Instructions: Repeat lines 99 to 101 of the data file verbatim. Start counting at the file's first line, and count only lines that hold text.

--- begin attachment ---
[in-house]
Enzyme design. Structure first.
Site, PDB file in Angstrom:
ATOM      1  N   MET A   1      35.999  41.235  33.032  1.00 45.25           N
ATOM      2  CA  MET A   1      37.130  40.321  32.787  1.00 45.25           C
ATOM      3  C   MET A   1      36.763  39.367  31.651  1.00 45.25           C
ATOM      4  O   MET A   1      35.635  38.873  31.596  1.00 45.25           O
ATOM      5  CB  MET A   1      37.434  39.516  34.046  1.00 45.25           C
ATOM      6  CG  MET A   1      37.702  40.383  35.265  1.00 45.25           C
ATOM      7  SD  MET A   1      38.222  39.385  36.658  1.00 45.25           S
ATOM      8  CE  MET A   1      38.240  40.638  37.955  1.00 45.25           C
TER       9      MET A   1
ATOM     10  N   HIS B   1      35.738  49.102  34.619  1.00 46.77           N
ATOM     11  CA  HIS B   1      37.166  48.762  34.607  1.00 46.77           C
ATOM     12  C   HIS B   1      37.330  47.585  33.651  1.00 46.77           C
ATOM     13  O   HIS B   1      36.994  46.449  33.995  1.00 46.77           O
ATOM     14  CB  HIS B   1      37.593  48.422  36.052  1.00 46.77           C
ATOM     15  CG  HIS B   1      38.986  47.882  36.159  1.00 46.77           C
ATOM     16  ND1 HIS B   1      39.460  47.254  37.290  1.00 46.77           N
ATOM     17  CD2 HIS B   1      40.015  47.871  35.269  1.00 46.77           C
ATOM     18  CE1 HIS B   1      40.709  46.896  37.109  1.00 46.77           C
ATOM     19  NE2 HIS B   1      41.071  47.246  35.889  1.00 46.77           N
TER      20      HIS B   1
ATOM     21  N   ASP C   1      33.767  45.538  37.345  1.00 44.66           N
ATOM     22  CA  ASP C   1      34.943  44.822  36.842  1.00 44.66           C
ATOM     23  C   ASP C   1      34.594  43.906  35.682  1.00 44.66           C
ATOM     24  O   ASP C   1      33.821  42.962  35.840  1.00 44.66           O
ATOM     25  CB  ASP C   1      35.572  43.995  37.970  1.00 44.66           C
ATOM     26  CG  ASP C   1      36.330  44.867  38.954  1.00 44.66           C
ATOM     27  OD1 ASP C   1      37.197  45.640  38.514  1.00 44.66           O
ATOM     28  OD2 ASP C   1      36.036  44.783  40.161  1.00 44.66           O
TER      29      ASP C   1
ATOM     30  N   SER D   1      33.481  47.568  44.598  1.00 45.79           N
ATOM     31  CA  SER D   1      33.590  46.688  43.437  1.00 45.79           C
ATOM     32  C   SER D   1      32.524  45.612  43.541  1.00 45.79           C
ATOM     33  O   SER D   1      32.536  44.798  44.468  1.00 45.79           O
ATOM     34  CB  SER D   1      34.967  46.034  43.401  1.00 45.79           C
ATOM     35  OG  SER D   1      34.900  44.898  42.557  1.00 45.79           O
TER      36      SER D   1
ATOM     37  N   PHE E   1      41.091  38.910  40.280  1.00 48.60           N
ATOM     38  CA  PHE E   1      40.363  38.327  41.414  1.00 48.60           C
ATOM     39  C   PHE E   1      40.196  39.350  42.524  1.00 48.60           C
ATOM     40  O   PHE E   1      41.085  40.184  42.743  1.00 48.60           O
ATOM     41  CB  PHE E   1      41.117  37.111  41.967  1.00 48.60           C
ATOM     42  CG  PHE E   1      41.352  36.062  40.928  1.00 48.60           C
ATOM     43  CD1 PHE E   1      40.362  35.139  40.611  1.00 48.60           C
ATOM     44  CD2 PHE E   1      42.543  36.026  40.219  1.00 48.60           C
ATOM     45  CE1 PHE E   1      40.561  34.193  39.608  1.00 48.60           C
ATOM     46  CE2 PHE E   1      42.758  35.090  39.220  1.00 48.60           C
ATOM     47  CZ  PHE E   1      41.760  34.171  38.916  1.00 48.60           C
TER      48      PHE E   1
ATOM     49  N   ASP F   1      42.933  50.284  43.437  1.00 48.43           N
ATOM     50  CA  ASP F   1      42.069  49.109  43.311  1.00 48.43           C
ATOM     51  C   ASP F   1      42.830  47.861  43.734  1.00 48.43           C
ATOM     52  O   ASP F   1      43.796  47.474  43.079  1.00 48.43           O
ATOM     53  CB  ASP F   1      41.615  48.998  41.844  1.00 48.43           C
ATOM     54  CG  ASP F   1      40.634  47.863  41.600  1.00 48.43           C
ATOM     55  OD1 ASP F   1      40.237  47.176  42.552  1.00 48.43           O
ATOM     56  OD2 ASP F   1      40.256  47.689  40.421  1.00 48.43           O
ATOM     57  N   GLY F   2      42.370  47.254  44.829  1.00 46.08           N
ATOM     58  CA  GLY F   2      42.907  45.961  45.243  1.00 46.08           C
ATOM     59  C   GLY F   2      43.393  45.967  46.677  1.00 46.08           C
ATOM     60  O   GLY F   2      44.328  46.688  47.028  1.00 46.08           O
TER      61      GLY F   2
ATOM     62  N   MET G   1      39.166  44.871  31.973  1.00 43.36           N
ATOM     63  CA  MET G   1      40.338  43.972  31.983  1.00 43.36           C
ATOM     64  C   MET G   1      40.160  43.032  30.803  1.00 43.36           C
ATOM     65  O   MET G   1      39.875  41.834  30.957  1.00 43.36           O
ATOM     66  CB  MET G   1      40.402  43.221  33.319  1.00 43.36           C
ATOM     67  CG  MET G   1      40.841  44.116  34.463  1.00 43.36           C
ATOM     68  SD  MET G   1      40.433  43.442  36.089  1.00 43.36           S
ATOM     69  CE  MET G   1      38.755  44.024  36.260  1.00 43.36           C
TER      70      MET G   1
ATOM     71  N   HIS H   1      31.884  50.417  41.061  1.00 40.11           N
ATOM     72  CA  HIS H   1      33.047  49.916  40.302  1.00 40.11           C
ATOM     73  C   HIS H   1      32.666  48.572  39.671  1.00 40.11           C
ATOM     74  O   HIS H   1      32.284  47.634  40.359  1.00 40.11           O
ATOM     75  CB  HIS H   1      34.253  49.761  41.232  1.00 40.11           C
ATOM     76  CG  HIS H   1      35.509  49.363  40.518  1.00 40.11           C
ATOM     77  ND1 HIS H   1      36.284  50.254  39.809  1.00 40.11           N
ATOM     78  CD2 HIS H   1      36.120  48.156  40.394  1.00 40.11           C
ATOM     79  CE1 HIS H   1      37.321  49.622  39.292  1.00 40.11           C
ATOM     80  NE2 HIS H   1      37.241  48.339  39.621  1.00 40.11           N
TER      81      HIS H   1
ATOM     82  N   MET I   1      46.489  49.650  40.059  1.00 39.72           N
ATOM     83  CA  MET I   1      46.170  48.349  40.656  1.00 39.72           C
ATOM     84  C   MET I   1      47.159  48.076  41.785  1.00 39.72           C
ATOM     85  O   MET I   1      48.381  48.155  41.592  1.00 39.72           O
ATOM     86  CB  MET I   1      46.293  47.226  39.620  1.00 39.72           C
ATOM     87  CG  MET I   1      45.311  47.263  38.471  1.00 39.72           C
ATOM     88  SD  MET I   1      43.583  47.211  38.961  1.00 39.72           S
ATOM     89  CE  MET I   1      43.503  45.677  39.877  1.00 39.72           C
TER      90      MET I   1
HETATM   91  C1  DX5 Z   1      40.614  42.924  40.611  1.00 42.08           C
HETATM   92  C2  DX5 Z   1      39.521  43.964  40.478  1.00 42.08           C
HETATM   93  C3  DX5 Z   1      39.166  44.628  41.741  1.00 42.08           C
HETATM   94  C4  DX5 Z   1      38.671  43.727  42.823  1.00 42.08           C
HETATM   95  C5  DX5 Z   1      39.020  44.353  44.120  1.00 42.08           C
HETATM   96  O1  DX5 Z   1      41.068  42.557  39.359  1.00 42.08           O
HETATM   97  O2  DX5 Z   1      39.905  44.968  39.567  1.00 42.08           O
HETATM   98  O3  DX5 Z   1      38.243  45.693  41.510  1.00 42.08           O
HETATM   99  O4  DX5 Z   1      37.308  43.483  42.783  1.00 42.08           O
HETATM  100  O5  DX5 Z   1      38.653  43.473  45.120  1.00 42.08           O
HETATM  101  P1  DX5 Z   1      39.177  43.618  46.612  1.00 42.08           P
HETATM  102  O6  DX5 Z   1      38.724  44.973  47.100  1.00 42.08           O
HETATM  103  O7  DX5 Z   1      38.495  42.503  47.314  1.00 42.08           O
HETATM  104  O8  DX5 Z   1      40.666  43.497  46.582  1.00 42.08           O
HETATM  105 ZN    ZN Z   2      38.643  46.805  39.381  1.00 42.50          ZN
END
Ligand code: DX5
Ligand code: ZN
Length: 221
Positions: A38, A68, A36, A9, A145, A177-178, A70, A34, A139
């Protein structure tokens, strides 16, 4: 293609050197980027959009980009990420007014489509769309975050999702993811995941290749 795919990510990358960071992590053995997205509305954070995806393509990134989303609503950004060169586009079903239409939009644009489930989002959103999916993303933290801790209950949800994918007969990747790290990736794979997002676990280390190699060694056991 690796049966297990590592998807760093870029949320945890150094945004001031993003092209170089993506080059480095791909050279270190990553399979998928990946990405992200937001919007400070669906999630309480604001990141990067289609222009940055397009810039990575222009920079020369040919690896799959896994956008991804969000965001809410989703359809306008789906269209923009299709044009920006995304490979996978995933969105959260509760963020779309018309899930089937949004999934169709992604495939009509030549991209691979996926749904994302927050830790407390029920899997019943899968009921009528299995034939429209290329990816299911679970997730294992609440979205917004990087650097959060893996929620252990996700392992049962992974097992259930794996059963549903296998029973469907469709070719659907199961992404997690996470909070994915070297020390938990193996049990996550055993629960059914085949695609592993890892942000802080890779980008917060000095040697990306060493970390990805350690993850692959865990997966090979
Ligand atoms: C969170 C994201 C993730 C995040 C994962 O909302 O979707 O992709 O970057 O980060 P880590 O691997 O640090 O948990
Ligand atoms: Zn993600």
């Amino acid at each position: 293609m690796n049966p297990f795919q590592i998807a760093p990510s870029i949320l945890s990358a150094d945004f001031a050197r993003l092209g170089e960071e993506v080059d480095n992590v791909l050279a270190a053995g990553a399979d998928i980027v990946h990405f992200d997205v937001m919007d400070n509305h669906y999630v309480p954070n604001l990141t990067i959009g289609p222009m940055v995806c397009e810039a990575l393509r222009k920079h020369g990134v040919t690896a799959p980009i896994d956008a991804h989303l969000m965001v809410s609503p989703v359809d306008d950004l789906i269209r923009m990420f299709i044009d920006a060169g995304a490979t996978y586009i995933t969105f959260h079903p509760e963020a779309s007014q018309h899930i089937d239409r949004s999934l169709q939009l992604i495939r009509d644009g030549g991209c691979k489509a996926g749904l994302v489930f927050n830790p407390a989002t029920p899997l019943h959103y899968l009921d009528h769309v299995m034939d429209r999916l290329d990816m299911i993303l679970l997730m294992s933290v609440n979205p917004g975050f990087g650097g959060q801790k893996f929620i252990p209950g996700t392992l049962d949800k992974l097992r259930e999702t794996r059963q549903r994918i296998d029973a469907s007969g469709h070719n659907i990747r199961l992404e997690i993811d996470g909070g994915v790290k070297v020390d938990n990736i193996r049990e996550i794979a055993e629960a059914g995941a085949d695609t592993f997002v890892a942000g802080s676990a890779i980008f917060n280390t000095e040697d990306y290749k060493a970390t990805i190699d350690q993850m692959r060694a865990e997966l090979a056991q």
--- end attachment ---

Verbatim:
HETATM   96  O1  DX5 Z   1      41.068  42.557  39.359  1.00 42.08           O
HETATM   97  O2  DX5 Z   1      39.905  44.968  39.567  1.00 42.08           O
HETATM   98  O3  DX5 Z   1      38.243  45.693  41.510  1.00 42.08           O